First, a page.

Saturday, February 21, 2009

Apple Engineers are Screwing with Us

I don't think my iPod, when set on "random" is truly random. In fact, I think it's screwing with me.

Google "ipod," "playlist" and "random" sometime and you'll find thousands of postings from people who say something like "my iPod always plays Pink Floyd," or "it always plays the same song." We don't know who these people are - they could have no idea about the rules of statistics, like people who play the lottery or people who thought John McCain ever had a chance to win the 2008 Presidential election at ANY time after he locked up the nomination.

One must bring evidence into the discussion. Saying that your iPod always plays Pink Floyd when you have a hundred Pink Floyd songs and only 500 total gives us a "duh" moment. Likewise, if you notice the same song "all the time," we have to ask how many songs do you have in total, how many do you play each time when it repeats and how many times have you repeated the scenario? This argument usually shrinks away upon analysis.

However, when I first started using my iPod at work, I had about 4000 songs on it. I would hit random play and hear about 80 songs a day, or about 2% of the library. During the first weeks, I thought I heard several songs more often than others. Knowing a little about probability, I didn't think it significant. After all, playing 400 songs a week and restarting the play no less than five times means that the odds of repeating several songs each week would be pretty high.

It became an annoyance one week when I heard the same Bangles song three days in a row. Love the Bangles; can't listen to "Bell Jar" every day. So I created a smart playlist. Essentially, I took my entire library and used one rule: exclude songs played in the last three months. Simple. No hearing the same same song on successive days. I vary the exclusion by whim - generally from as low as 11 weeks to as high as five months. These days, I also filter out christmas songs when it's not christmastime, etc, but it's a low effort playlist. Every day, it adds about the same number of songs I listened to the day before.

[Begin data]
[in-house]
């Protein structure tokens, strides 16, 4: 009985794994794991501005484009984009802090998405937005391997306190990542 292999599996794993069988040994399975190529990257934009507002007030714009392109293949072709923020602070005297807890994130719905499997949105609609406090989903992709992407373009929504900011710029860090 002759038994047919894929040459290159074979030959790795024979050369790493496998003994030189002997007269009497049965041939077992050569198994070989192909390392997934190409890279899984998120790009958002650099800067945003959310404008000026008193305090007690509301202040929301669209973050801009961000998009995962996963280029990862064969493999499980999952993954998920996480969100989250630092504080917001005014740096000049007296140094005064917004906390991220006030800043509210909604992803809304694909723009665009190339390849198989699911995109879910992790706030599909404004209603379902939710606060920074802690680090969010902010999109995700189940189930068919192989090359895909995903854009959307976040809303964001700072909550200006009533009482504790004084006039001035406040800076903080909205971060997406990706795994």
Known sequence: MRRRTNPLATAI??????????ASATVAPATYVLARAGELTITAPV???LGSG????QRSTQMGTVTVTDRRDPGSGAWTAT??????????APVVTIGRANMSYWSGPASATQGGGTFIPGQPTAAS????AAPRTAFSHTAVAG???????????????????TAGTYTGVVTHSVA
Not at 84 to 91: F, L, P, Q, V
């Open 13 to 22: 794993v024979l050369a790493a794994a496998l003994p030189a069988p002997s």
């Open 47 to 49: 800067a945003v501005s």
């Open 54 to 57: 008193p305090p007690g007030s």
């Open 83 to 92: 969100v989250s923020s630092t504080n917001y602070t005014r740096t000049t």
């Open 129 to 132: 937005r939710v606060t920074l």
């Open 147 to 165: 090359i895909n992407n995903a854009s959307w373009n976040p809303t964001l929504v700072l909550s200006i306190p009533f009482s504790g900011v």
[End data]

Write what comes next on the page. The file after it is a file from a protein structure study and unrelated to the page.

Since my main playlist doesn't allow immediate repetition, here's where I get to say my iPod isn't truly random. Let's say, on average, I have 2000 songs in the playlist. I have, at most, 20 songs by any artist in the list. If any repeat during the day, the chance is 2 of 2000 in a subset of 80. Not impossible. But on recent days, I heard a song by Paul McCartney followed by a song by The Beatles (McCartney singing) followed by a song by Wings. Not statistically relevant but come on. The next day, I heard a song by Led Zeppelin (lead singer: Robert Plant) followed by a song by Robert Plant followed by a song by The Honeydripers (lead singer: Robert Plant). I can't prove it but deep down, you gotta believe the Apple engineers are screwing with us.

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